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Window open for broadband funding


February 14, 2019

The window to secure federal funding that could be used to improve access to high-speed broadband across Crook County won’t be open for very long, said Russ Elliott of the Wyoming Broadband Advisory Committee (WBAC) last week. Elliott urged the county commission to work quickly to gather data about service levels across the county and determine where help might most be needed.

Elliott explained that a federal “Connect Fund” has been established specifically for rural areas in America. Around $600 million has been made available to encourage partnerships between public institutions such as counties and the private enterprises that could furnish broadband in their area – and it needs to be applied for, he said, within the next 60 days.

Elliott is the full time broadband manager for WBAC and has been working to improve broadband across Wyoming, he said, with his focus firmly on the most rural counties where internet access can be sparse.

“You guys are high on my radar, just so you know,” he said, noting that he has been working on other opportunities aside from the Connect Fund.

He has, for example, been in communication with several providers and is expecting to see activity from at least one of them in the northeast corner of the state within the next few months to bring fiber to areas such as Beulah and Aladdin that are “desperate for service”.

As a board, said Elliott, WBAC is not ok with “just being adequate” and has been pushing providers and legislators in an attempt to “set standards” rather than simply meet them. House Bill 247, for example, is a bid to redefine what “unserved” means in terms of broadband, while the appropriations bill currently includes $3 million in loan funding for counties where there are no towns with populations over 4000 and which are “underserved” with broadband.

WBAC would also like to see the home use standard for broadband become a speed of 25 mbps download and 3 mbps upload, rather than the current 10 mbps download and 1 mbps upload, Elliott said. This would need to be significantly higher along business corridors, he added.

He explained that “underserved” does not just refer to broadband speed, but also to WBAC’s push for quality, reliability and redundancy.

WBAC has also been watching for best practices when it comes to establishing good broadband service in rural areas. Elliott spoke of Sublette County, where the towns and county came together and organized themselves around a request for proposals, and suggested this could be a workable model in Crook County.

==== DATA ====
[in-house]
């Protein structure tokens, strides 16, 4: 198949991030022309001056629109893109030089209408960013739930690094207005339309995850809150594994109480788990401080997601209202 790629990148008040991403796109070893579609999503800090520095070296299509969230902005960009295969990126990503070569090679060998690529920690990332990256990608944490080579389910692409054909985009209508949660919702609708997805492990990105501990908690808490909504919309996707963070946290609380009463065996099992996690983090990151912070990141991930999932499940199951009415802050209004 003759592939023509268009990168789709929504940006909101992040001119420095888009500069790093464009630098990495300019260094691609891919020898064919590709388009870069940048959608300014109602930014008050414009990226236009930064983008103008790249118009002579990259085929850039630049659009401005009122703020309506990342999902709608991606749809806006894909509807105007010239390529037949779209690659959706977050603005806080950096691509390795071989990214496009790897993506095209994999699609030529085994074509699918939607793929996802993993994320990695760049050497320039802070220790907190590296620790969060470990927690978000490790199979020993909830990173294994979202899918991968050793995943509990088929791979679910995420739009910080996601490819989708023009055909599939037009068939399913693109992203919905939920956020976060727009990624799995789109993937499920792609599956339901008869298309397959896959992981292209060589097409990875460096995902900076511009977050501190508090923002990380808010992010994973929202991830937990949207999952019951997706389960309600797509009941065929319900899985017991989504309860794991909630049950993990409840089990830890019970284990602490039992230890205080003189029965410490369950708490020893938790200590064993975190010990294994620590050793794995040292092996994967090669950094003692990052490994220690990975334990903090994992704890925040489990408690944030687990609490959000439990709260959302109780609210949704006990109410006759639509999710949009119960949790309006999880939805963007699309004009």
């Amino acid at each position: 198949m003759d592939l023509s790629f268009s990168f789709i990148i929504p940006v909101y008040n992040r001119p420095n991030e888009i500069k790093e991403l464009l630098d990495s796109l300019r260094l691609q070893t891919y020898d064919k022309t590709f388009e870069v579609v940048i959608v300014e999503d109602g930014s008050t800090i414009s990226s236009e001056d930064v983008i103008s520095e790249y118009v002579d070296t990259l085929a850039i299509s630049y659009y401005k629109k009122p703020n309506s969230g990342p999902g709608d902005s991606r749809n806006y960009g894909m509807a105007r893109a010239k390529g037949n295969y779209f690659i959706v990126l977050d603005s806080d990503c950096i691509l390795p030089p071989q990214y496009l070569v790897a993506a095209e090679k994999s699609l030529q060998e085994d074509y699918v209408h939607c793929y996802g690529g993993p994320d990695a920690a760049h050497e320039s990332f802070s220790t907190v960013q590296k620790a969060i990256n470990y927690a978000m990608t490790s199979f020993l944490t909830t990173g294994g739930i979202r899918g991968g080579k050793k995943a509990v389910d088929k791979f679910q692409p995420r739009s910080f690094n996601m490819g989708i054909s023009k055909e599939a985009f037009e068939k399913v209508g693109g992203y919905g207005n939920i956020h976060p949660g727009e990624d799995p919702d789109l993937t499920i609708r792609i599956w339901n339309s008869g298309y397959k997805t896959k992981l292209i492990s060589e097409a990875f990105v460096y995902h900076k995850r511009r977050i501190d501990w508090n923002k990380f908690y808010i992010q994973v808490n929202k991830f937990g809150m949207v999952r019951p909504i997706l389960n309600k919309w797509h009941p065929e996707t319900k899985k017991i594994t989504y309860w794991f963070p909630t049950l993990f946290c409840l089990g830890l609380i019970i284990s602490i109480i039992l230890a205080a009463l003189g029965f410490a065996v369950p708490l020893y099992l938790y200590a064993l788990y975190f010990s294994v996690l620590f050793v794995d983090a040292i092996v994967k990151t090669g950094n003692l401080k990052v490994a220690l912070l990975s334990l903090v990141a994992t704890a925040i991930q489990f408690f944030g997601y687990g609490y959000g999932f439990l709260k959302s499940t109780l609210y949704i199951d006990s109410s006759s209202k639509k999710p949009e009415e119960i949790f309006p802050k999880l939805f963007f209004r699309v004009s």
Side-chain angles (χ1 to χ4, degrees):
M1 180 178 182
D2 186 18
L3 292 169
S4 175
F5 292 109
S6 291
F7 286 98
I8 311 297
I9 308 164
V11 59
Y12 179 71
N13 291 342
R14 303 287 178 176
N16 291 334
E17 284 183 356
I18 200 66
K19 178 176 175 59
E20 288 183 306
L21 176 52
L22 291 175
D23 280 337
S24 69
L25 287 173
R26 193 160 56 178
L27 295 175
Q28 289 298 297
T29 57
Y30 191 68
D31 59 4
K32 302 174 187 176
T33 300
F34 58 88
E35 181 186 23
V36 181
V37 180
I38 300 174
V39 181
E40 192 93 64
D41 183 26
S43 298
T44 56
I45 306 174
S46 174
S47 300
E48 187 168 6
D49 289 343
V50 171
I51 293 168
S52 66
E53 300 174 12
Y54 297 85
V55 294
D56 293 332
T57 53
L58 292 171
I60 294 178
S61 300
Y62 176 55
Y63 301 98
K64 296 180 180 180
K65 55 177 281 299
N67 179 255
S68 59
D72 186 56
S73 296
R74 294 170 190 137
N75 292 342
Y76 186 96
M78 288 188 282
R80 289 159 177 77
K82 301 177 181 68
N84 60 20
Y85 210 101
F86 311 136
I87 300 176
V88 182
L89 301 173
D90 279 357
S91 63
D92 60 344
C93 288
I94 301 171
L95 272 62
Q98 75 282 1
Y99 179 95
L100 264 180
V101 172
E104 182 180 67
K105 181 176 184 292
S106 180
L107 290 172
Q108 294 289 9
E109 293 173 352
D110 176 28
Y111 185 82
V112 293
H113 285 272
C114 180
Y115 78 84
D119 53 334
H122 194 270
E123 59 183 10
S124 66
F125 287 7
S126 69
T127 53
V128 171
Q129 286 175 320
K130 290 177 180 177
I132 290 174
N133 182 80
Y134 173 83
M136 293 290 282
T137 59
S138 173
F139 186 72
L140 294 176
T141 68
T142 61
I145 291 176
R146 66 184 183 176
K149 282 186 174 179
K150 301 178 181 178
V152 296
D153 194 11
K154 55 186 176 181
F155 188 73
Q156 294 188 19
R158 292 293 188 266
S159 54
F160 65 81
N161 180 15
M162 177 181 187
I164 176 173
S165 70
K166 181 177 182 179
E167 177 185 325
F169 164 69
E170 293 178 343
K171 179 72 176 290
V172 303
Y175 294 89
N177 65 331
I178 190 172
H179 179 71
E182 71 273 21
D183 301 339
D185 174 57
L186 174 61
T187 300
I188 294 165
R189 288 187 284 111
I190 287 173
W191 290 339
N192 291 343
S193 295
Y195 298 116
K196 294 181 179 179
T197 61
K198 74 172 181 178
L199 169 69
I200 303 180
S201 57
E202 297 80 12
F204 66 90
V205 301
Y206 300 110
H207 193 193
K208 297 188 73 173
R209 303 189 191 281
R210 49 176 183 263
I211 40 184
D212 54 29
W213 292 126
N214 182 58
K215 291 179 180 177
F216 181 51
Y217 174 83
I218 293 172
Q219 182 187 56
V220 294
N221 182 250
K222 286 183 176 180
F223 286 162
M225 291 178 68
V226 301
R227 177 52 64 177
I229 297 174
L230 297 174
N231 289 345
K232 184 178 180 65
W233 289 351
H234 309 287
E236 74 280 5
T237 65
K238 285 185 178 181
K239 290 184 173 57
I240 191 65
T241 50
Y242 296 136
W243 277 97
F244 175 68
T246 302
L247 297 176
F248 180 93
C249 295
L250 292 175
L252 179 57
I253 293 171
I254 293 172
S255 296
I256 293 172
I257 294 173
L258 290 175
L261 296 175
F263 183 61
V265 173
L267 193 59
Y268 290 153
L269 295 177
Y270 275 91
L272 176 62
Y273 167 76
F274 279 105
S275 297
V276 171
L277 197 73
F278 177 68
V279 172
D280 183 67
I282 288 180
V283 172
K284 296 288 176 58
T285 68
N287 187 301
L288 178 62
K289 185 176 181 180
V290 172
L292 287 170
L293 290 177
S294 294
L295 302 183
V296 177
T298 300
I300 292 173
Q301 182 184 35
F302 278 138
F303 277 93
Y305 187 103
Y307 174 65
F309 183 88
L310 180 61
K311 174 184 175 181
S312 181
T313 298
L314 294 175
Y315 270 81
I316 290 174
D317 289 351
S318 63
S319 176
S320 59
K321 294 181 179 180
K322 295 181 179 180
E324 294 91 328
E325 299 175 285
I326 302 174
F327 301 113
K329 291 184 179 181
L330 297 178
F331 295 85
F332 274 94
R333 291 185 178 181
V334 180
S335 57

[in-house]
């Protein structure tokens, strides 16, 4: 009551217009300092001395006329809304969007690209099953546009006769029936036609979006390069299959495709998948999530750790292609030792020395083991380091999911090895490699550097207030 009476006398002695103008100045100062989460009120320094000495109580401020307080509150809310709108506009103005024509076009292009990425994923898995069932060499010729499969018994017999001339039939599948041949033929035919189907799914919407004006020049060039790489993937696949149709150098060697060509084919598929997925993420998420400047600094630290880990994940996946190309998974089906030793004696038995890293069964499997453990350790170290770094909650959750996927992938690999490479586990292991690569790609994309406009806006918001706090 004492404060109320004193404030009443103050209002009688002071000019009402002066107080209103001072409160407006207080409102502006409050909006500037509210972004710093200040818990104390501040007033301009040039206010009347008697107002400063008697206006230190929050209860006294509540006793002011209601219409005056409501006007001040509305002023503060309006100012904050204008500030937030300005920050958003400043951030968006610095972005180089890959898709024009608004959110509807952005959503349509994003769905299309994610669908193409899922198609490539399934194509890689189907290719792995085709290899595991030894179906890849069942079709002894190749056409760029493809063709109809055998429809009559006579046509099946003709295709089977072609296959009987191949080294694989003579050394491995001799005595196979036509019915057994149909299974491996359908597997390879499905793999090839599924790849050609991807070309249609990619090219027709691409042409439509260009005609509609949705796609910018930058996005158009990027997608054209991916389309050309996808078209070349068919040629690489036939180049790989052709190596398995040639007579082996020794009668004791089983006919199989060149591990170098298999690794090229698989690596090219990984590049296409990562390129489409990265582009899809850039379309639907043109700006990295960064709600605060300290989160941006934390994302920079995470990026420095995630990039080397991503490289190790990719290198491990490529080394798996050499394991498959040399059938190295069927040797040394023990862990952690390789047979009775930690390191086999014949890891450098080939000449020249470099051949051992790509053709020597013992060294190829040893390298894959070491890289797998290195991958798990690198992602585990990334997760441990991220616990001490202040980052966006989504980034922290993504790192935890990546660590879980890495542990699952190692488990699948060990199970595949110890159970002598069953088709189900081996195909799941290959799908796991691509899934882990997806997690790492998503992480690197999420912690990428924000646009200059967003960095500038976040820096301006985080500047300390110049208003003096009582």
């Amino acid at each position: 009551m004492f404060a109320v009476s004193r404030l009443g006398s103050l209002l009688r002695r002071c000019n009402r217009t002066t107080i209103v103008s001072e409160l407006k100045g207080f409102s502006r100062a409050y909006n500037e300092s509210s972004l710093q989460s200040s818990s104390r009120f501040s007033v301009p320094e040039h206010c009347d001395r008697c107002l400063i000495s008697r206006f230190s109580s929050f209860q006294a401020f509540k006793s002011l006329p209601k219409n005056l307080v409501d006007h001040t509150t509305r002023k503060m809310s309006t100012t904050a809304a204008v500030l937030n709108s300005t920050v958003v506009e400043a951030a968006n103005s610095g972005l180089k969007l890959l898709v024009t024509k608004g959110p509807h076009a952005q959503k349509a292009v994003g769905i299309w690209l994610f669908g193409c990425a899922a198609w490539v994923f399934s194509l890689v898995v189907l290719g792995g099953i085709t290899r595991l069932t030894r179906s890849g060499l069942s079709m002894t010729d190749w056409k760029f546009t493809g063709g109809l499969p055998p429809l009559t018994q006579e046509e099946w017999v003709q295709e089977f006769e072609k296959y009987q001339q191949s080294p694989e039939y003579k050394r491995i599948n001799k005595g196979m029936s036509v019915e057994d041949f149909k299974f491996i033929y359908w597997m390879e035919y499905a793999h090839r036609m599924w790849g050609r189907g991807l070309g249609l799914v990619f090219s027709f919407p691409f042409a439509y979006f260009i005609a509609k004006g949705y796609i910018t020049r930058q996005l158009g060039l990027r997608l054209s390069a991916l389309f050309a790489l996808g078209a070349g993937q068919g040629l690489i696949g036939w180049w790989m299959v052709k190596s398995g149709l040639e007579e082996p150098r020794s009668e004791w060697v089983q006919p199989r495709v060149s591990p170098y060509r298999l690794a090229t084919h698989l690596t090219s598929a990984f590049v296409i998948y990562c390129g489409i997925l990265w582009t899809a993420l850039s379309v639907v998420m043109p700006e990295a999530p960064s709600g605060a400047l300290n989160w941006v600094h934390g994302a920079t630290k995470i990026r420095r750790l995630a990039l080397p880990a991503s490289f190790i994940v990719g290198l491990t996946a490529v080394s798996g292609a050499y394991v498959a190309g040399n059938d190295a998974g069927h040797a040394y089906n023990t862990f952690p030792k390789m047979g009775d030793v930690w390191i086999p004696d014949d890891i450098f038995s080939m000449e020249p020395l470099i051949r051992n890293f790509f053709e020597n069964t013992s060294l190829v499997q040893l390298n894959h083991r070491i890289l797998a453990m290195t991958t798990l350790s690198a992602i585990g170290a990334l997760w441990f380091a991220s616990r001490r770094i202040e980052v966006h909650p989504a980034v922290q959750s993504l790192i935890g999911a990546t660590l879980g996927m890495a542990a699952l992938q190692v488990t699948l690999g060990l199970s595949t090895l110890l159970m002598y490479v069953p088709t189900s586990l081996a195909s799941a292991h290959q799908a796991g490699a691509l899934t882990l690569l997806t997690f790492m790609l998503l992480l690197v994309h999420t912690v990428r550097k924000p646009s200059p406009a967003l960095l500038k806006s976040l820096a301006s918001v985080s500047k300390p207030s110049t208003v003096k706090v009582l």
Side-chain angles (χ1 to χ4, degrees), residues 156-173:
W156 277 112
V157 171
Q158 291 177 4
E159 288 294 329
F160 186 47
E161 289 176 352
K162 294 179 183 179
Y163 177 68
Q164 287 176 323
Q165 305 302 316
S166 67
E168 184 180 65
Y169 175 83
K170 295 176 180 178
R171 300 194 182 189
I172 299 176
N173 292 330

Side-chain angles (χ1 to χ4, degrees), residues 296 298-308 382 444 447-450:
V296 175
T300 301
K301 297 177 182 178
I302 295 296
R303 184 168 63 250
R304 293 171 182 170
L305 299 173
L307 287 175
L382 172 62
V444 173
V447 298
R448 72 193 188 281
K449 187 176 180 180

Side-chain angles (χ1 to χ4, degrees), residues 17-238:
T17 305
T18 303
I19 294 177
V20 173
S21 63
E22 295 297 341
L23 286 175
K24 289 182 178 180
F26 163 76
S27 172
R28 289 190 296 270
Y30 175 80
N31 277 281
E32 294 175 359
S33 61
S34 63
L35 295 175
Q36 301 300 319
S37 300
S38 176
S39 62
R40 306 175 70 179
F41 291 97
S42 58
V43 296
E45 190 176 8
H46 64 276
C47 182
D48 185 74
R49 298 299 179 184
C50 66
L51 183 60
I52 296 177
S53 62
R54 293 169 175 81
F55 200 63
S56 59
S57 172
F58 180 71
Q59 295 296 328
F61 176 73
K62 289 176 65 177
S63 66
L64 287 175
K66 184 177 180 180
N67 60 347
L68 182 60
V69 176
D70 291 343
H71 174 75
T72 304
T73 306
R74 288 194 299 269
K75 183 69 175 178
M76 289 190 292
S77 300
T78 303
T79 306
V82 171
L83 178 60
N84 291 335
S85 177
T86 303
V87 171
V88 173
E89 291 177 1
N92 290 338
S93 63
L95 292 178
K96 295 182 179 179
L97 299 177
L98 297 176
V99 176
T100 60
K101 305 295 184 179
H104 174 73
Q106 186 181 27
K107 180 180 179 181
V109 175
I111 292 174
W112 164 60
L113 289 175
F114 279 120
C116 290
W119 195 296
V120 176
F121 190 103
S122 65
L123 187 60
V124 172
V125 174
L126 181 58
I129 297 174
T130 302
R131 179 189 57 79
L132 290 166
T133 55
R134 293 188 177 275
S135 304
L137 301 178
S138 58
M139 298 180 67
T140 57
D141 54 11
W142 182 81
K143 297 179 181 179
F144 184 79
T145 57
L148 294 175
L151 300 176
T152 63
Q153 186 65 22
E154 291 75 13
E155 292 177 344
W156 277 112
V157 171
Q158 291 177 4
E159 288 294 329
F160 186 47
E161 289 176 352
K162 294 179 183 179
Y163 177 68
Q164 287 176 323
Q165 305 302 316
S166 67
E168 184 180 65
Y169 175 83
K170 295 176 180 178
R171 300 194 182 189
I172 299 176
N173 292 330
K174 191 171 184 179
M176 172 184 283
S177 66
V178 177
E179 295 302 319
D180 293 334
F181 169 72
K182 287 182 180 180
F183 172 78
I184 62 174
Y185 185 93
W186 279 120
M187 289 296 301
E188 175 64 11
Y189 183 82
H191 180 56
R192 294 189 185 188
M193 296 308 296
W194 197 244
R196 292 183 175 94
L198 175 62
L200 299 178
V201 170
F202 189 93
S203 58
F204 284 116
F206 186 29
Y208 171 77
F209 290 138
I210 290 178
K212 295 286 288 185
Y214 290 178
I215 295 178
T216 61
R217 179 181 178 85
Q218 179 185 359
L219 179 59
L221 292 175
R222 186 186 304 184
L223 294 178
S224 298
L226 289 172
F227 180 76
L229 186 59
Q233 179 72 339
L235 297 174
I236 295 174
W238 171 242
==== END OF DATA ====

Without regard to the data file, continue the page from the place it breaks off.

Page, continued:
The next step here, he said, would be to entertain providers and tell them what we need. Sublette, he said, was very specific.

“It seems like it might be quite the task to undertake, but I think this is a critical time,” Elliott said, recommending that the commission make broadband a priority.

Gathering the info

The Connect Fund launched in December, said Elliott, but was delayed for one month due to the federal shutdown. WBAC is now working to understand exactly how those dollars will be allocated and to determine how Wyoming’s rural areas can be allocated their fair share.

“It’s specifically for very rural areas,” he said, explaining that the funds will be allocated on a points system that takes into account such things as population density. “We are ripe to have this money.”

According to Elliott, a third of the funding will be available as a grant, another third as a combination of grant and loan and the remainder as a low interest loan.

“At the state, we’re going to tackle mapping,” Elliott explained, demonstrating the connectivity test now available at WBAC is hoping to secure samples of available broadband from rural communities that represent around ten to 15 percent of the local population.

Anyone can take this test, said Doug Wilson, Chairman of WBAC, by simply going to the site and following the guidelines. The information will be used to guide providers in identifying opportunity areas, so WBAC hopes as many people as possible will take it.

Wilson explained that the drive to improve broadband access comes from the fact that, not too long from now, communication across the world will be achieved using the internet. Somewhat ironically, Elliott’s video conference with the commission was interrupted due to poor internet connection.

It’s the future, Wilson wryly commented, but it’s not yet the present.

Submit Your Data

Is internet available at your home?

YES: Visit

NO: Look for a mailer from the county or send your name, address and a statement that broadband is not available to you to: Board of County Commissioners, Attn: Broadband Survey, PO Box 37, Sundance


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